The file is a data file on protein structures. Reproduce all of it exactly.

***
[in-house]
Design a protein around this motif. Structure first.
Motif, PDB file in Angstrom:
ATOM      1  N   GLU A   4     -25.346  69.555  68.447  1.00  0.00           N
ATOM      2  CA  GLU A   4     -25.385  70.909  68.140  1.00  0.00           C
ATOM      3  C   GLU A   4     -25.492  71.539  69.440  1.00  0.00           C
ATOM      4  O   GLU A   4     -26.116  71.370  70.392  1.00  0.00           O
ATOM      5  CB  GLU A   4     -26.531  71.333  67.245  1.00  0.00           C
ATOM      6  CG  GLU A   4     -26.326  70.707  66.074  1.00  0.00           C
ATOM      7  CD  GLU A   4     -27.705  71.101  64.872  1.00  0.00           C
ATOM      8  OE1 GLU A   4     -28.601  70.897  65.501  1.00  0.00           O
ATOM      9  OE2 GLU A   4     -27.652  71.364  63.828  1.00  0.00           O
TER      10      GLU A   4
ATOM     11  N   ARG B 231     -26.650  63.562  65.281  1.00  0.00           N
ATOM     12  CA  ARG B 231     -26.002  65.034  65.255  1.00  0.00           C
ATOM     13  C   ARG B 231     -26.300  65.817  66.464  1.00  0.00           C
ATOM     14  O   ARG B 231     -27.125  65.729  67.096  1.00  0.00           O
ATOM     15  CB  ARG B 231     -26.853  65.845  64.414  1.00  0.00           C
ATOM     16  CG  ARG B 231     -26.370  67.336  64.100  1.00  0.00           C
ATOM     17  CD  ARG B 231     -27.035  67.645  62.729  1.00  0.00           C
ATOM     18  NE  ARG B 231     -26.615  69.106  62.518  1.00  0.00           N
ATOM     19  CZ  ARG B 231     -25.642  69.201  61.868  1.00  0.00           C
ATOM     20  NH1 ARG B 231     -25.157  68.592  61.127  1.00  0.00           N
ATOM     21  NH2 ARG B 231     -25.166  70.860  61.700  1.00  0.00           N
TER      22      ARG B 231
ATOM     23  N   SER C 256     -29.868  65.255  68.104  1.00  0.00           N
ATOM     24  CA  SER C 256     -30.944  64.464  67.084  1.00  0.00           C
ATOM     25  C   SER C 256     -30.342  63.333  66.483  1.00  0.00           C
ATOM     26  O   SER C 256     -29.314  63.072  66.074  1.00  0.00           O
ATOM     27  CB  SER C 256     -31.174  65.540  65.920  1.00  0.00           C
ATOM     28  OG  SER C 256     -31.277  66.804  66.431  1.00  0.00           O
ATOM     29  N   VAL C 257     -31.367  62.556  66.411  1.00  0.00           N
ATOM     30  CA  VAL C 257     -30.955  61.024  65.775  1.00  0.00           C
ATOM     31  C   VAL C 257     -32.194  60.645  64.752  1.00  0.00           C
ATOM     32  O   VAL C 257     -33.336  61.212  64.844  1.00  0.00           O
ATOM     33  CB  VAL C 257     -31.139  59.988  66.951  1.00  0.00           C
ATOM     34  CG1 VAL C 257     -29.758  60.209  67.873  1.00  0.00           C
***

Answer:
[in-house]
Design a protein around this motif. Structure first.
Motif, PDB file in Angstrom:
ATOM      1  N   GLU A   4     -25.346  69.555  68.447  1.00  0.00           N
ATOM      2  CA  GLU A   4     -25.385  70.909  68.140  1.00  0.00           C
ATOM      3  C   GLU A   4     -25.492  71.539  69.440  1.00  0.00           C
ATOM      4  O   GLU A   4     -26.116  71.370  70.392  1.00  0.00           O
ATOM      5  CB  GLU A   4     -26.531  71.333  67.245  1.00  0.00           C
ATOM      6  CG  GLU A   4     -26.326  70.707  66.074  1.00  0.00           C
ATOM      7  CD  GLU A   4     -27.705  71.101  64.872  1.00  0.00           C
ATOM      8  OE1 GLU A   4     -28.601  70.897  65.501  1.00  0.00           O
ATOM      9  OE2 GLU A   4     -27.652  71.364  63.828  1.00  0.00           O
TER      10      GLU A   4
ATOM     11  N   ARG B 231     -26.650  63.562  65.281  1.00  0.00           N
ATOM     12  CA  ARG B 231     -26.002  65.034  65.255  1.00  0.00           C
ATOM     13  C   ARG B 231     -26.300  65.817  66.464  1.00  0.00           C
ATOM     14  O   ARG B 231     -27.125  65.729  67.096  1.00  0.00           O
ATOM     15  CB  ARG B 231     -26.853  65.845  64.414  1.00  0.00           C
ATOM     16  CG  ARG B 231     -26.370  67.336  64.100  1.00  0.00           C
ATOM     17  CD  ARG B 231     -27.035  67.645  62.729  1.00  0.00           C
ATOM     18  NE  ARG B 231     -26.615  69.106  62.518  1.00  0.00           N
ATOM     19  CZ  ARG B 231     -25.642  69.201  61.868  1.00  0.00           C
ATOM     20  NH1 ARG B 231     -25.157  68.592  61.127  1.00  0.00           N
ATOM     21  NH2 ARG B 231     -25.166  70.860  61.700  1.00  0.00           N
TER      22      ARG B 231
ATOM     23  N   SER C 256     -29.868  65.255  68.104  1.00  0.00           N
ATOM     24  CA  SER C 256     -30.944  64.464  67.084  1.00  0.00           C
ATOM     25  C   SER C 256     -30.342  63.333  66.483  1.00  0.00           C
ATOM     26  O   SER C 256     -29.314  63.072  66.074  1.00  0.00           O
ATOM     27  CB  SER C 256     -31.174  65.540  65.920  1.00  0.00           C
ATOM     28  OG  SER C 256     -31.277  66.804  66.431  1.00  0.00           O
ATOM     29  N   VAL C 257     -31.367  62.556  66.411  1.00  0.00           N
ATOM     30  CA  VAL C 257     -30.955  61.024  65.775  1.00  0.00           C
ATOM     31  C   VAL C 257     -32.194  60.645  64.752  1.00  0.00           C
ATOM     32  O   VAL C 257     -33.336  61.212  64.844  1.00  0.00           O
ATOM     33  CB  VAL C 257     -31.139  59.988  66.951  1.00  0.00           C
ATOM     34  CG1 VAL C 257     -29.758  60.209  67.873  1.00  0.00           C